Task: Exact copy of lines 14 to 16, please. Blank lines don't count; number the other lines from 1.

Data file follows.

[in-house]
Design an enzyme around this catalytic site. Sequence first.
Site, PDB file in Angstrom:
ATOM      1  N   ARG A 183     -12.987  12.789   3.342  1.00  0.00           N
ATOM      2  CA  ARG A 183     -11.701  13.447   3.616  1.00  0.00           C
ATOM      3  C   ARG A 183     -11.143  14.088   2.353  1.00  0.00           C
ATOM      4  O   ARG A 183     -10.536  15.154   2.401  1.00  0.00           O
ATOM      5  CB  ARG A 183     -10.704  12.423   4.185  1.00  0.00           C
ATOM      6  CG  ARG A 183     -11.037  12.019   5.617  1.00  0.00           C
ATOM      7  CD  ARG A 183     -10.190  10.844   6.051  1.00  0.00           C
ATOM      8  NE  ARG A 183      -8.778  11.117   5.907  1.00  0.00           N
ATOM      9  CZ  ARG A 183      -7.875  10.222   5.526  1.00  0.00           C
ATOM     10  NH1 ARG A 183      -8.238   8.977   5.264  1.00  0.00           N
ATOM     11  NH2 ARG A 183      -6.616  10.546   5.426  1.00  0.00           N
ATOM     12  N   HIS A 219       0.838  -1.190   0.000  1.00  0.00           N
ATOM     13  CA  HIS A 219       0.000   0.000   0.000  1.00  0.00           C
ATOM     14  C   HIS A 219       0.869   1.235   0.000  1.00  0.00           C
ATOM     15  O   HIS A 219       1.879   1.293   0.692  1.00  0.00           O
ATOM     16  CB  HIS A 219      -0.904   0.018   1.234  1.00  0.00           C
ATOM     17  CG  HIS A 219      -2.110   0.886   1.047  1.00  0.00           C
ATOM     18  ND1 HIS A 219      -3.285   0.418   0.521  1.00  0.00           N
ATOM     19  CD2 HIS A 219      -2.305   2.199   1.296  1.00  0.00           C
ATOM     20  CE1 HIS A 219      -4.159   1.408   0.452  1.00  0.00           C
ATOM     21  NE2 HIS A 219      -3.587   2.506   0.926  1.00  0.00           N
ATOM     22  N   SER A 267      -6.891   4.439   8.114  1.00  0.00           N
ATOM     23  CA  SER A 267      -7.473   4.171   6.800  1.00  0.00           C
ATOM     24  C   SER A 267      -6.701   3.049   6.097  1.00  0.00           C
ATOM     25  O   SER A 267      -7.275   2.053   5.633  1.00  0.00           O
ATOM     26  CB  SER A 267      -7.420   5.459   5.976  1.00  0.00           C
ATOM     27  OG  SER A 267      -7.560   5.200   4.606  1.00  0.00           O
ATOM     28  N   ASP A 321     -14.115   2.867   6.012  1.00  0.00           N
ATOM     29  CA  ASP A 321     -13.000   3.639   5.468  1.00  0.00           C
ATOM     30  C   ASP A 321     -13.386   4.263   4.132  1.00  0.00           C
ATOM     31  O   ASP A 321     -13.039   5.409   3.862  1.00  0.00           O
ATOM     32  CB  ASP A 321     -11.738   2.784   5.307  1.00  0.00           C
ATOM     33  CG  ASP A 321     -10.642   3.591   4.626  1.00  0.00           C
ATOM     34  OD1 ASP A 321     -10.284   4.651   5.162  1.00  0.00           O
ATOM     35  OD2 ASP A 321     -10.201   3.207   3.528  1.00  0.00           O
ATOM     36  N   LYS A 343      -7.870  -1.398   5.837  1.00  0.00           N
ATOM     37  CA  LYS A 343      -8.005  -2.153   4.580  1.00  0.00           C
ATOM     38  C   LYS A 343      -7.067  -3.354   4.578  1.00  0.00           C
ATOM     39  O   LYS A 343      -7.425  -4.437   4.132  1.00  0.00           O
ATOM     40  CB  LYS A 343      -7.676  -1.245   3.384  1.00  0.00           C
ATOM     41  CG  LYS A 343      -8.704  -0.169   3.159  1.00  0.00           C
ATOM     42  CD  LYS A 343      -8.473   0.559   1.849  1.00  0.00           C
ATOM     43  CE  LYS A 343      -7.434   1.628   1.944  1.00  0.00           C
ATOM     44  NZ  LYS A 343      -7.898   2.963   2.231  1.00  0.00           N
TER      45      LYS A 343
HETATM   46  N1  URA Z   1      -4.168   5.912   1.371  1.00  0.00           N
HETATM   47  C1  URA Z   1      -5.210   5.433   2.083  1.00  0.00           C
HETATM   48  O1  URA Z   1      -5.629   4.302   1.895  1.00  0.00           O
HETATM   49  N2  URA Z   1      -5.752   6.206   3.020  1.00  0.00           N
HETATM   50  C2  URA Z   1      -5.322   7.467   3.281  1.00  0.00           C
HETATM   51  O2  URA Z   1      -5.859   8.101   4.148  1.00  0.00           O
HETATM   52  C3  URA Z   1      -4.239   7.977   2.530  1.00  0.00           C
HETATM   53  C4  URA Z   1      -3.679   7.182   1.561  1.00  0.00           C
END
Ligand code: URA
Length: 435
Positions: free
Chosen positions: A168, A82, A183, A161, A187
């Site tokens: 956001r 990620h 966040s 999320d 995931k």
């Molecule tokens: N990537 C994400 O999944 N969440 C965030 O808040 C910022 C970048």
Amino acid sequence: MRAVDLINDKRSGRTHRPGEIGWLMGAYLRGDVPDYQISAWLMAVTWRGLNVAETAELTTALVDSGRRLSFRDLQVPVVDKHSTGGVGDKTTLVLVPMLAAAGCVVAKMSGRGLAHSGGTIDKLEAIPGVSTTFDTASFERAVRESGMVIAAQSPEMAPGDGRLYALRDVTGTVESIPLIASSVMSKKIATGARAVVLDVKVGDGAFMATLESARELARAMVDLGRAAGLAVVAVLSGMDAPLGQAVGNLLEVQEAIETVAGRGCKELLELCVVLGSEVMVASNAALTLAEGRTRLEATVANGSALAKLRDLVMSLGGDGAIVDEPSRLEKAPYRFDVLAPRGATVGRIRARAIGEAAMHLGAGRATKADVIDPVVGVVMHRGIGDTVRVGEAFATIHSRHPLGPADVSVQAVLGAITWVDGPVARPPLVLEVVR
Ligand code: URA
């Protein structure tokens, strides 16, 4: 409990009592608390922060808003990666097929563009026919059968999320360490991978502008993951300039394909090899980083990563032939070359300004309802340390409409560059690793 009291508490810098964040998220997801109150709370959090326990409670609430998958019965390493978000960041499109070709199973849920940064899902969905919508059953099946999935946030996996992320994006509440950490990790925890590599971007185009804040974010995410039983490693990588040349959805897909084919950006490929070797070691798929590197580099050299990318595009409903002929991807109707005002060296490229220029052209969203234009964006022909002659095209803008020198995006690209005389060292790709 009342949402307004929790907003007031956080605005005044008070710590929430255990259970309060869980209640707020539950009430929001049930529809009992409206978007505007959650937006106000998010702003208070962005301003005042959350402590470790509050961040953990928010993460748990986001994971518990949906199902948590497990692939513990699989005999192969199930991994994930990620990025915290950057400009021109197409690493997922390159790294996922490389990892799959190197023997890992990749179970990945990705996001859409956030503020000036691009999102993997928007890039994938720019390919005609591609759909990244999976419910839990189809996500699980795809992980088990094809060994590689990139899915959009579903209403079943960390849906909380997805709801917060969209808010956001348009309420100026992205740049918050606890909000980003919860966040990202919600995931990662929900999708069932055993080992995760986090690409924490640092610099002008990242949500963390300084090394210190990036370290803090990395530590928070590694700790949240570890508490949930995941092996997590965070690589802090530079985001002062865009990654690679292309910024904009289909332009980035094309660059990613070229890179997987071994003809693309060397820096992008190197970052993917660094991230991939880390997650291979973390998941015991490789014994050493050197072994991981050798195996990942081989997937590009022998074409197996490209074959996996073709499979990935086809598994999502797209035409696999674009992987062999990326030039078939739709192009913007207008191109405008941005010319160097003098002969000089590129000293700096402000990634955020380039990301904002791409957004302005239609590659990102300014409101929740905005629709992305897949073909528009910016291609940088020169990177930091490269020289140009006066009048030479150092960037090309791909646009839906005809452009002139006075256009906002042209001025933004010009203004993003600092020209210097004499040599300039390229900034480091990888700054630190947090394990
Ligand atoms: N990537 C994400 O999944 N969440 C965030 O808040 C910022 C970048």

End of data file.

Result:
ATOM     11  NH2 ARG A 183      -6.616  10.546   5.426  1.00  0.00           N
ATOM     12  N   HIS A 219       0.838  -1.190   0.000  1.00  0.00           N
ATOM     13  CA  HIS A 219       0.000   0.000   0.000  1.00  0.00           C